There are many reasons to love the Story View feature in Articulate Storyline, a few of which I’ve recently shared (check out how to use Story View for organizing and arranging your content and six ways to save time customizing your slide design in Story View). This time I’d like to show you how Story View can help you manage the flow of your course, making it “branch-tastic.”
When building courses, especially those with branched navigation, building and keeping track of all the potential paths learners could take is a huge challenge. However, when working in Story View, you have a bird’s-eye view of the action, and so can see paths and outcomes more easily. This helps you avoid sinking unnecessary time and energy into navigating out of dead ends and rabbit holes as you develop your project.
Seeing the Big Picture
Story View’s big-picture perspective lets you view the relationships between your scenes and slides in a single place, so you can better establish and track the layout and flow of your project.
Similar to reading a map, when you’re building a learning path through your course, the two most important things to know are your starting point and your destination.
The starting scene that learners see when they launch the course has a small green flag next to its title. It will always be the top left scene in Story View. To change the starting scene, just select the scene you want your learners to start with and click Set as Starting Scene on the Home tab.
The lines and arrows you see in Story View represent the potential paths a learner can take through the course. They clearly show all the existing connections between slides and scenes.
In Story View, you can adjust how much of your project, and what level of detail, you are able to see. This is especially helpful as your project grows and you’re managing a lot of content.
One way to get an even better view is to expand or collapse scenes. You can click the minus sign in the upper right of any scene to collapse it so more of your course fits on the Story View screen. Or, click the plus sign to expand a scene for a more detailed, slide-level view of the project. A quick shortcut to collapse or expand all your scenes at the same time is to right-click in the Story View workspace and choose Collapse all scenes or Expand all scenes.
In addition to expanding and collapsing scenes, you can adjust how much detail you see using the display zoom level. Simply move the slider control located in the lower right corner of your screen and your layout will zoom in or out.
Selecting a slide in Story View displays all the possible pathways originating from it as blue arrows, so you can track outcomes more easily. You can even click these blue arrows to update the associated trigger and redirect where that particular branch takes the learner.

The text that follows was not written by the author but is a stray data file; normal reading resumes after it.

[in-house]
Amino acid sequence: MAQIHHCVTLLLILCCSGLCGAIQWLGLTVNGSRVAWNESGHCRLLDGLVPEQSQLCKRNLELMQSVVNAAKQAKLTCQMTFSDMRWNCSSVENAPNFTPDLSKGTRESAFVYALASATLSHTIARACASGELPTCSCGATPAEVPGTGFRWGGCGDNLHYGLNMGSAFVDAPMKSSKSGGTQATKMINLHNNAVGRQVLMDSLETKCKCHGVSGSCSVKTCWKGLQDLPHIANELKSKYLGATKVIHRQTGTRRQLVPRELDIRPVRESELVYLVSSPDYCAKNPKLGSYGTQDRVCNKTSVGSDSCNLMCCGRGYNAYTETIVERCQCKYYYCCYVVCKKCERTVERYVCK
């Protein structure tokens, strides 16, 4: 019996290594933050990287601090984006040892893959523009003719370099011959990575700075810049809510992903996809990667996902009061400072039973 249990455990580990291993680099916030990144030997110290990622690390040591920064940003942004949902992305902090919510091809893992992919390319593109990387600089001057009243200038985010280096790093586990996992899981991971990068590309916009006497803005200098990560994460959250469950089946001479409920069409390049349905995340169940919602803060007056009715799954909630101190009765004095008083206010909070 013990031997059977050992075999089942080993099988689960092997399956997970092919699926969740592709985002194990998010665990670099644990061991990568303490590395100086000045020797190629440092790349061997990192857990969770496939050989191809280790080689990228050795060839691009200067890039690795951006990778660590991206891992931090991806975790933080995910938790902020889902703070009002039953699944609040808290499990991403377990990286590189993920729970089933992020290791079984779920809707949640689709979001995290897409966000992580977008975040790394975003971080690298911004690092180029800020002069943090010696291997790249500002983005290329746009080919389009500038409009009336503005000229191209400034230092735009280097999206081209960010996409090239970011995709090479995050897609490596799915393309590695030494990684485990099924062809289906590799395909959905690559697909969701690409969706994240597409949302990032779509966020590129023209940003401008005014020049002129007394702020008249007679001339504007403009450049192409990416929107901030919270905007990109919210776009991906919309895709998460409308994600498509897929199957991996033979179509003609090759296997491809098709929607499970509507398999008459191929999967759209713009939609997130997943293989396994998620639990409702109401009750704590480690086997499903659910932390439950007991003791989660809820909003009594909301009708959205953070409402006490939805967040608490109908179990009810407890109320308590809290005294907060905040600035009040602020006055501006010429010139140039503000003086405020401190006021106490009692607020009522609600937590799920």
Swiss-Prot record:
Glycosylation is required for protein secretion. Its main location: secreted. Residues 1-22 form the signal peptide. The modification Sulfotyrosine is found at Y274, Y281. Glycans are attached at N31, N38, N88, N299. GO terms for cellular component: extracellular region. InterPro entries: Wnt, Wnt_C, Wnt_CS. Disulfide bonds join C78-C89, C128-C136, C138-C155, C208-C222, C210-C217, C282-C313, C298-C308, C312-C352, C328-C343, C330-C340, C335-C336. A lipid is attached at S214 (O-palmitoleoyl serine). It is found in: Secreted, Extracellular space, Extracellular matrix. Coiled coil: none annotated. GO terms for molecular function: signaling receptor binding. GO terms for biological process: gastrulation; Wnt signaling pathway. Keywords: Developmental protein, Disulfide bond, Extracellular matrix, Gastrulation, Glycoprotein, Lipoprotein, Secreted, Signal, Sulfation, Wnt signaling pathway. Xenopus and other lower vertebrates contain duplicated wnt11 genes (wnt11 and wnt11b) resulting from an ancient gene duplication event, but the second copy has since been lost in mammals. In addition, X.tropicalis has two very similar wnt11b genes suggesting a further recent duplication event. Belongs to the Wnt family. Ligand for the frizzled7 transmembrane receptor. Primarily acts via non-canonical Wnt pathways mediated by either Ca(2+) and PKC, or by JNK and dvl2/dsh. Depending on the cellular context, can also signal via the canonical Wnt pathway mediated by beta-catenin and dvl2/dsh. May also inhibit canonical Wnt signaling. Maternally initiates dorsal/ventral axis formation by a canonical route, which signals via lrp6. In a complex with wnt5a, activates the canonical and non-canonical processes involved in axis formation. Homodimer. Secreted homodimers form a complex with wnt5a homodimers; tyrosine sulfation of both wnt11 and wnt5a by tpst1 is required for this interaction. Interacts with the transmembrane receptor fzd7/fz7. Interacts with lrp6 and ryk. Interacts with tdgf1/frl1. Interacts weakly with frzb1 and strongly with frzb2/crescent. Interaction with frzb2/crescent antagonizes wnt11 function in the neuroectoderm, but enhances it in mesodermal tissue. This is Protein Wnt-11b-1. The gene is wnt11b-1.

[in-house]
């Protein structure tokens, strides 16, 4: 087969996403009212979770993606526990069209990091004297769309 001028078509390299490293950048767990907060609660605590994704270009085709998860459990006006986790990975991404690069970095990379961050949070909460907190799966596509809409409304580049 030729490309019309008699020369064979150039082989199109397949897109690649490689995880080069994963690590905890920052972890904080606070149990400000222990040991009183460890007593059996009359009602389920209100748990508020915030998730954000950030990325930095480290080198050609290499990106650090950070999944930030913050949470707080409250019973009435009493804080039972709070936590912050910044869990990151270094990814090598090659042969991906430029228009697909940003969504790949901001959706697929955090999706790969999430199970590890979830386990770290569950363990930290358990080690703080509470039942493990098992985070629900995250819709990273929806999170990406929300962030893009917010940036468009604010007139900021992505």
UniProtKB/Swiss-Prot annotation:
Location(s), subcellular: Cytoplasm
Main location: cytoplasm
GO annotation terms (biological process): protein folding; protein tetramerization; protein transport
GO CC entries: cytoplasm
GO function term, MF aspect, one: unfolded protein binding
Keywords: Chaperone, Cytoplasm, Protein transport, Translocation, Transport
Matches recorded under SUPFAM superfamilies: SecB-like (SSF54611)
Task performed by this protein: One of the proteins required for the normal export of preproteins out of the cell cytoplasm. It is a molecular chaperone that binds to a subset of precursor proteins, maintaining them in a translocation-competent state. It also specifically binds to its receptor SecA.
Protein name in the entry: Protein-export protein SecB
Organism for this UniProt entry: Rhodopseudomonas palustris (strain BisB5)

Managing Navigation Triggers
Story View also comes in handy when you want to customize two types of navigation triggers: the on-screen button triggers that you create, and those available in the built-in Storyline player. For example, when you let learners choose where to go by selecting custom on-screen buttons, it could be really confusing for them to also see a “Next” button on the player. The “Next” button would simply move them to the next sequential slide, defeating the purpose of branched navigation.
As you can see below, Story View lets you work with both custom slide triggers and player-related slide properties in a single view. To keep them in sync, simply add or edit triggers associated with the selected slide in the trigger panel, and configure slide-level player elements in the slide properties panel.
Because Story View provides both a high-level overview as well as slide-level details, including triggers and player elements, it’s the best way to wrap your brain around all the connections in your course. Trust me, this kind of perspective is critical to your sanity when you want to make sure everything works perfectly!
Story View can also help you identify potential trouble spots with your navigation. In addition to visually confirming that your links connect to the right slides, you can look for dead-end slides, as indicated by the link symbol pictured below.
The flow of your course is a critical aspect of any e-learning project. So take advantage of the perspective Story View gives you. It will save you time and frustration building perfectly branch-tastic courses!
Post by Mike Taylor
If you want to try this yourself but don’t have Storyline, no problem. Just sign up for a fully functional, free 30-day trial. And don’t forget to post your questions and comments in the forums! We’re here to help. For more e-learning tips, examples, and downloads, follow us on Twitter.